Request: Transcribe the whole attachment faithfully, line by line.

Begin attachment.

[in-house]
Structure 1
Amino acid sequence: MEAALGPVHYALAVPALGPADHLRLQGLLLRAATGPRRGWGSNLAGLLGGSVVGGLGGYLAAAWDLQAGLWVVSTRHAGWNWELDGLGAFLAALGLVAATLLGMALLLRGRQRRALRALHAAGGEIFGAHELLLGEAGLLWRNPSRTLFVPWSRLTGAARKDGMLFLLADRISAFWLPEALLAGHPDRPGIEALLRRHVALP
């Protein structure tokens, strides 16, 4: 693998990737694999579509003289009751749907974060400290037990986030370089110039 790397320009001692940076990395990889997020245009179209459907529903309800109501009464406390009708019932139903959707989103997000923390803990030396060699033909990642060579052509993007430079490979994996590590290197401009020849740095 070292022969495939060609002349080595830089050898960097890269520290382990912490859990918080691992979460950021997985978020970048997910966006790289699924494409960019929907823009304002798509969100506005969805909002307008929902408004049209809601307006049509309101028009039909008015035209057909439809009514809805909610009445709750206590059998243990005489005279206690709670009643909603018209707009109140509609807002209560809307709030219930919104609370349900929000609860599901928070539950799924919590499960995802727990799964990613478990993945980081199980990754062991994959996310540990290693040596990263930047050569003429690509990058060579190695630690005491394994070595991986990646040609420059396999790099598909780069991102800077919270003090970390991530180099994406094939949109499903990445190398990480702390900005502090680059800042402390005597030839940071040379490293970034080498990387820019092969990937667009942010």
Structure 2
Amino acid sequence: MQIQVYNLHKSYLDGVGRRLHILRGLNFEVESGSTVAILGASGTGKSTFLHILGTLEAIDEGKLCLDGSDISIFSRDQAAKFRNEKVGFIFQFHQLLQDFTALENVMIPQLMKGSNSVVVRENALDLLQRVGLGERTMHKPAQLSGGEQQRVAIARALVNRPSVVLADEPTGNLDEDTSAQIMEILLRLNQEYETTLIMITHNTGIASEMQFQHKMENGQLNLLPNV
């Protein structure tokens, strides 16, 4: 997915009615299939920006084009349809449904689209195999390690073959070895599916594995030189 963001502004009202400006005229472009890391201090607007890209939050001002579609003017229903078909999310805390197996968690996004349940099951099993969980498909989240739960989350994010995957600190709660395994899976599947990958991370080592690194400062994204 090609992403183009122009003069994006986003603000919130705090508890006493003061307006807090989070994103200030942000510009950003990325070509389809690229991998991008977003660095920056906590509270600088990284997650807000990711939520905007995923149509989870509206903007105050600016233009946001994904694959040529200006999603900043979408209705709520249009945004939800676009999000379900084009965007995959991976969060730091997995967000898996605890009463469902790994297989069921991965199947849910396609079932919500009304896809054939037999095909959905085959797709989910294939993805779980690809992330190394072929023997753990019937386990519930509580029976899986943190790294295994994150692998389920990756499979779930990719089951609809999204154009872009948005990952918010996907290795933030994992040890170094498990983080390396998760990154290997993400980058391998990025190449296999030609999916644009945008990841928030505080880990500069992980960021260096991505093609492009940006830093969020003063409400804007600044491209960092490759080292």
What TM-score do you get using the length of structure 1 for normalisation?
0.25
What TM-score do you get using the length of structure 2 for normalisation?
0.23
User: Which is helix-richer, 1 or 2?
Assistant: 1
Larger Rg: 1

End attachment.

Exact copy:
[in-house]
Structure 1
Amino acid sequence: MEAALGPVHYALAVPALGPADHLRLQGLLLRAATGPRRGWGSNLAGLLGGSVVGGLGGYLAAAWDLQAGLWVVSTRHAGWNWELDGLGAFLAALGLVAATLLGMALLLRGRQRRALRALHAAGGEIFGAHELLLGEAGLLWRNPSRTLFVPWSRLTGAARKDGMLFLLADRISAFWLPEALLAGHPDRPGIEALLRRHVALP
């Protein structure tokens, strides 16, 4: 693998990737694999579509003289009751749907974060400290037990986030370089110039 790397320009001692940076990395990889997020245009179209459907529903309800109501009464406390009708019932139903959707989103997000923390803990030396060699033909990642060579052509993007430079490979994996590590290197401009020849740095 070292022969495939060609002349080595830089050898960097890269520290382990912490859990918080691992979460950021997985978020970048997910966006790289699924494409960019929907823009304002798509969100506005969805909002307008929902408004049209809601307006049509309101028009039909008015035209057909439809009514809805909610009445709750206590059998243990005489005279206690709670009643909603018209707009109140509609807002209560809307709030219930919104609370349900929000609860599901928070539950799924919590499960995802727990799964990613478990993945980081199980990754062991994959996310540990290693040596990263930047050569003429690509990058060579190695630690005491394994070595991986990646040609420059396999790099598909780069991102800077919270003090970390991530180099994406094939949109499903990445190398990480702390900005502090680059800042402390005597030839940071040379490293970034080498990387820019092969990937667009942010």
Structure 2
Amino acid sequence: MQIQVYNLHKSYLDGVGRRLHILRGLNFEVESGSTVAILGASGTGKSTFLHILGTLEAIDEGKLCLDGSDISIFSRDQAAKFRNEKVGFIFQFHQLLQDFTALENVMIPQLMKGSNSVVVRENALDLLQRVGLGERTMHKPAQLSGGEQQRVAIARALVNRPSVVLADEPTGNLDEDTSAQIMEILLRLNQEYETTLIMITHNTGIASEMQFQHKMENGQLNLLPNV
């Protein structure tokens, strides 16, 4: 997915009615299939920006084009349809449904689209195999390690073959070895599916594995030189 963001502004009202400006005229472009890391201090607007890209939050001002579609003017229903078909999310805390197996968690996004349940099951099993969980498909989240739960989350994010995957600190709660395994899976599947990958991370080592690194400062994204 090609992403183009122009003069994006986003603000919130705090508890006493003061307006807090989070994103200030942000510009950003990325070509389809690229991998991008977003660095920056906590509270600088990284997650807000990711939520905007995923149509989870509206903007105050600016233009946001994904694959040529200006999603900043979408209705709520249009945004939800676009999000379900084009965007995959991976969060730091997995967000898996605890009463469902790994297989069921991965199947849910396609079932919500009304896809054939037999095909959905085959797709989910294939993805779980690809992330190394072929023997753990019937386990519930509580029976899986943190790294295994994150692998389920990756499979779930990719089951609809999204154009872009948005990952918010996907290795933030994992040890170094498990983080390396998760990154290997993400980058391998990025190449296999030609999916644009945008990841928030505080880990500069992980960021260096991505093609492009940006830093969020003063409400804007600044491209960092490759080292």
What TM-score do you get using the length of structure 1 for normalisation?
0.25
What TM-score do you get using the length of structure 2 for normalisation?
0.23
User: Which is helix-richer, 1 or 2?
Assistant: 1
Larger Rg: 1